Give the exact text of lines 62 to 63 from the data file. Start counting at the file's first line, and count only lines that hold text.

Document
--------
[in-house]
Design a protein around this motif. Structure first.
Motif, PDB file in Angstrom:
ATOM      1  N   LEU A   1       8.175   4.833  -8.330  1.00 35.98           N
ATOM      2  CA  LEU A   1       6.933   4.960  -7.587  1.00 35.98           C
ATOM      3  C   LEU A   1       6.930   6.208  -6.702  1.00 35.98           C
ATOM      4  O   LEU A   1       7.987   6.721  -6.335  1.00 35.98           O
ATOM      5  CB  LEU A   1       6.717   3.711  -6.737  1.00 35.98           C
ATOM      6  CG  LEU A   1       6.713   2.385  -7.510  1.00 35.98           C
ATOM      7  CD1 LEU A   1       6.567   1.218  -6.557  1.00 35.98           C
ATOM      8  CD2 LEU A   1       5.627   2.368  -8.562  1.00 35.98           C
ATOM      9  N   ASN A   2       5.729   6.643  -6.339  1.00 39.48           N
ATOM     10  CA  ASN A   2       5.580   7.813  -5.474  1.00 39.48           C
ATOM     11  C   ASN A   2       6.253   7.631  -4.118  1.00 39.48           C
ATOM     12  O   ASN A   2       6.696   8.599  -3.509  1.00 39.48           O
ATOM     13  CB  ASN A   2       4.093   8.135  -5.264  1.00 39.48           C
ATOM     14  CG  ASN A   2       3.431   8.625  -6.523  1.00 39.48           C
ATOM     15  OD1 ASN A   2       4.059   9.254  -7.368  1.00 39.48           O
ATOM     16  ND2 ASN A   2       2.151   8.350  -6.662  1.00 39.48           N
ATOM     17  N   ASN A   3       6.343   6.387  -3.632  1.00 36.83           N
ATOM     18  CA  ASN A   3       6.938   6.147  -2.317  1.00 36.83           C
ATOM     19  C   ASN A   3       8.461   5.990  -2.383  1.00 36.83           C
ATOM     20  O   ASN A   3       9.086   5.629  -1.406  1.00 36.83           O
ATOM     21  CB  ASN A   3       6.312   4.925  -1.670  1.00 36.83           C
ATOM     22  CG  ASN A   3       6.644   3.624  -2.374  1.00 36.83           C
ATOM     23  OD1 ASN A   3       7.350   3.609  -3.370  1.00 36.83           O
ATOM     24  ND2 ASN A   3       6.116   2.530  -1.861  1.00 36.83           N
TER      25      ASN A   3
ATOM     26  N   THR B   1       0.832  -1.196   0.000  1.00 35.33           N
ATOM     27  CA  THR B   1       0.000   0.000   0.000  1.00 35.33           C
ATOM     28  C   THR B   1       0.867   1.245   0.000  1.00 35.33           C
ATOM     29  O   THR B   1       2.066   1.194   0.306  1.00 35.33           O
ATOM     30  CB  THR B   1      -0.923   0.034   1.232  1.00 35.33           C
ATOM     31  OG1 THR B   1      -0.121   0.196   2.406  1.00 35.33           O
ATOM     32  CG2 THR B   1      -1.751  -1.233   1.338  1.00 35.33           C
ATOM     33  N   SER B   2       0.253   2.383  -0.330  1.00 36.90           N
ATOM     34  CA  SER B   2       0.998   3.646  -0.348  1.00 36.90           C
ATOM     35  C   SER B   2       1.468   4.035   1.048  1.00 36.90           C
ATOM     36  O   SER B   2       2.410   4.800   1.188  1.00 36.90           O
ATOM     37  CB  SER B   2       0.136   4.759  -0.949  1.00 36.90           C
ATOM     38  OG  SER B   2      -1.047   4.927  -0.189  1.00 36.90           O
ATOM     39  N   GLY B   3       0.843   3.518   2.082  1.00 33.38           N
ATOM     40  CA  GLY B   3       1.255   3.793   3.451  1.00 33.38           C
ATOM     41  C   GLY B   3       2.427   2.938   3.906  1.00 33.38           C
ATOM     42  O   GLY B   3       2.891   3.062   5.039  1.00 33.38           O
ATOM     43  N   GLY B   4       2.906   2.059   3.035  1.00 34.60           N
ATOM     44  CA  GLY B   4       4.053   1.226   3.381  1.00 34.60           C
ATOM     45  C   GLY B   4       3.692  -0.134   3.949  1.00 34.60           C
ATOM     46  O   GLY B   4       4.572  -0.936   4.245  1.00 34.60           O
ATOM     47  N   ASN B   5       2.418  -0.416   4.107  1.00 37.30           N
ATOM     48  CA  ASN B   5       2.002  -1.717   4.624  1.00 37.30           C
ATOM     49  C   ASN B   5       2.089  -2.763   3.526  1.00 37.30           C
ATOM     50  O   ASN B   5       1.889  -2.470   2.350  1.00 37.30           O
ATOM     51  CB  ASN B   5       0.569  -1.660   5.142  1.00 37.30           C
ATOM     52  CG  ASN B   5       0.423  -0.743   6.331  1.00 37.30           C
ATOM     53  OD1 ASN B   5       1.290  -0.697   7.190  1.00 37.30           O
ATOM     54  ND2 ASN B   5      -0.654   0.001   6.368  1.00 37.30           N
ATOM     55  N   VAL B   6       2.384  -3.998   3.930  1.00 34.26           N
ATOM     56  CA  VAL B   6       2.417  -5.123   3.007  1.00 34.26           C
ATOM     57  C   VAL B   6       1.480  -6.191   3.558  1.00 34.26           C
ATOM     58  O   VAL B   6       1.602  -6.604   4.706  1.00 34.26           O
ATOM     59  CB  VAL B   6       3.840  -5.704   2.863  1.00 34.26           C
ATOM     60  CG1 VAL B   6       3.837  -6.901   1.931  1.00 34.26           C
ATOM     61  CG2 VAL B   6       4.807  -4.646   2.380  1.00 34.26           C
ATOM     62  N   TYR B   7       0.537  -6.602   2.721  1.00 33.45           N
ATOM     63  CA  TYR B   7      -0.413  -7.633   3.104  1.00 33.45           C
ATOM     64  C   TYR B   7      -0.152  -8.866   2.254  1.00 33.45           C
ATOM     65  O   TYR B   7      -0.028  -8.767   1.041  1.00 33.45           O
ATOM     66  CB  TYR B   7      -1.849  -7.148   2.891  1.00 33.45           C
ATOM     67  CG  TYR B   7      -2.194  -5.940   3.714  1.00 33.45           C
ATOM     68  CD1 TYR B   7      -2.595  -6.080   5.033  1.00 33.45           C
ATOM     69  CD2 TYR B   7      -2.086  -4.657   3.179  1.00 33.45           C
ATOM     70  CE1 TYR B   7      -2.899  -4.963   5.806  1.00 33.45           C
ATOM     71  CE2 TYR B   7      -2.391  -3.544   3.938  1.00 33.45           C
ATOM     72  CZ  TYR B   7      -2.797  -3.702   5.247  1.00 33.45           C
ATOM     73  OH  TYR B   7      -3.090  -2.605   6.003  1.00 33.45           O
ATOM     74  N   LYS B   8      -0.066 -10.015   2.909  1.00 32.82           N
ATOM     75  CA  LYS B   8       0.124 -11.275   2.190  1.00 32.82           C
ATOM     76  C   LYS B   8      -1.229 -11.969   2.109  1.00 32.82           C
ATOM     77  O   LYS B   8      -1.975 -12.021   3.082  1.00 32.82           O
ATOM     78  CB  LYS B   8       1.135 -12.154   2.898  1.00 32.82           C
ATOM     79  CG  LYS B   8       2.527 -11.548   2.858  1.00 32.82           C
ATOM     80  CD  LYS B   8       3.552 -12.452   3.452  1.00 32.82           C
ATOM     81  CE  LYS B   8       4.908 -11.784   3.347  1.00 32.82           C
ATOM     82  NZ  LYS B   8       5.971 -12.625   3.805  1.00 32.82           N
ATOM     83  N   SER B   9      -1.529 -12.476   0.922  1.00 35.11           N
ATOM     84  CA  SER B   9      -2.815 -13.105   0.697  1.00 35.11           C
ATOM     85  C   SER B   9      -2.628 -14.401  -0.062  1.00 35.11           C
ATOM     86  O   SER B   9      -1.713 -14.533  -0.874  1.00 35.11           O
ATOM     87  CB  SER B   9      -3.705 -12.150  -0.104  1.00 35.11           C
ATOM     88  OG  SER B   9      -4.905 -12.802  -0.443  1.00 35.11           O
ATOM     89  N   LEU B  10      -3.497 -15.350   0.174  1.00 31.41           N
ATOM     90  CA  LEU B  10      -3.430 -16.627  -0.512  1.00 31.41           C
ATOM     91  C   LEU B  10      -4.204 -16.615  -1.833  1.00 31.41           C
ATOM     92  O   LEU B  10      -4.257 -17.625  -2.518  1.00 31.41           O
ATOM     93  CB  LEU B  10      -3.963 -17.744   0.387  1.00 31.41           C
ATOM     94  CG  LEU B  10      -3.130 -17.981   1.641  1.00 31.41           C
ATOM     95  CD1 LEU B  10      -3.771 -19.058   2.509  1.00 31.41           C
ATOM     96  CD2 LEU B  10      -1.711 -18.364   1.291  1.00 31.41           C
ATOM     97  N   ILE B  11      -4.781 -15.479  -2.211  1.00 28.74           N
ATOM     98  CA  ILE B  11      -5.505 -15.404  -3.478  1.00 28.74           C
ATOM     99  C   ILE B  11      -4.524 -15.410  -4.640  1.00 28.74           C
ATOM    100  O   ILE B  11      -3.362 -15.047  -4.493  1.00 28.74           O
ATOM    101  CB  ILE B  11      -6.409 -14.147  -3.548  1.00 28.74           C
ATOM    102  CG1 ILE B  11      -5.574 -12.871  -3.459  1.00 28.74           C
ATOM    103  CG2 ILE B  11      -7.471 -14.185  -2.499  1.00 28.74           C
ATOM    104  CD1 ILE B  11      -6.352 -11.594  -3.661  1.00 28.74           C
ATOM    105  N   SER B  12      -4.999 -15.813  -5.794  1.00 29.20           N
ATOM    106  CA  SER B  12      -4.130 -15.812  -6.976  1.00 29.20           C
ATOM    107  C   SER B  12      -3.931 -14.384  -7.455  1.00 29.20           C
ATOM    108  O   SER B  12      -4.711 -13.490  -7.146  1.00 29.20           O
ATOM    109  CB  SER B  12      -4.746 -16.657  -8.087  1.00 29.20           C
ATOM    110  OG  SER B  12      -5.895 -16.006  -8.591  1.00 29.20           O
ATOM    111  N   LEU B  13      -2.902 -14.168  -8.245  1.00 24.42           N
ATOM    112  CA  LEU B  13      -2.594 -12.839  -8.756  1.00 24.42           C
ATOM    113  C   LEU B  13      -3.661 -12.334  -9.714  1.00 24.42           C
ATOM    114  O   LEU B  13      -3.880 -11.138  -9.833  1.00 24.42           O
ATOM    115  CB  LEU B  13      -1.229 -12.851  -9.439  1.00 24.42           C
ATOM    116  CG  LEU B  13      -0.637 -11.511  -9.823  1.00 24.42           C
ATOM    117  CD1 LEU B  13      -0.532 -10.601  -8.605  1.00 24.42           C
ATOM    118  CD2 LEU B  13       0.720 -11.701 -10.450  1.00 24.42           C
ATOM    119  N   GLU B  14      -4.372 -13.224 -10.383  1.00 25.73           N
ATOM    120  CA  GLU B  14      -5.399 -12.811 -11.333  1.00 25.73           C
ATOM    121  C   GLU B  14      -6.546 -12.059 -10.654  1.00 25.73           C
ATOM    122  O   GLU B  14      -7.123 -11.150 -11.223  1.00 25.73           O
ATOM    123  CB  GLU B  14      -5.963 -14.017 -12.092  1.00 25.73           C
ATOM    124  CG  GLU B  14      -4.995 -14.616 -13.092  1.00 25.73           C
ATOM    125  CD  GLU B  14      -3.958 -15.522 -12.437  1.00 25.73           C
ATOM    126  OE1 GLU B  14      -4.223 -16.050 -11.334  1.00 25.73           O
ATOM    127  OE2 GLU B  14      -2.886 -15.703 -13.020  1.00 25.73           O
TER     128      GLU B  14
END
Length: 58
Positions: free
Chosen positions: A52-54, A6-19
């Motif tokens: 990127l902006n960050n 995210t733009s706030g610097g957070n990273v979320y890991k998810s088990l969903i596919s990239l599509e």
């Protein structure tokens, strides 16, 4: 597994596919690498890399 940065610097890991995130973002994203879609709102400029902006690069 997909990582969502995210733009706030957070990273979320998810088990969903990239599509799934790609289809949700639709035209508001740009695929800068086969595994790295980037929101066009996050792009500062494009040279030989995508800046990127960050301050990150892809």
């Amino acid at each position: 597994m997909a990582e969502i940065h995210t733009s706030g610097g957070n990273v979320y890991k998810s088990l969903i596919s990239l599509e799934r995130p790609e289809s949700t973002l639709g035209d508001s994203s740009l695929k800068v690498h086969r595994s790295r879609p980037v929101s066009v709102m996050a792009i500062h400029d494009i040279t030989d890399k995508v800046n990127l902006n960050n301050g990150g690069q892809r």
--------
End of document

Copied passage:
ATOM     59  CB  VAL B   6       3.840  -5.704   2.863  1.00 34.26           C
ATOM     60  CG1 VAL B   6       3.837  -6.901   1.931  1.00 34.26           C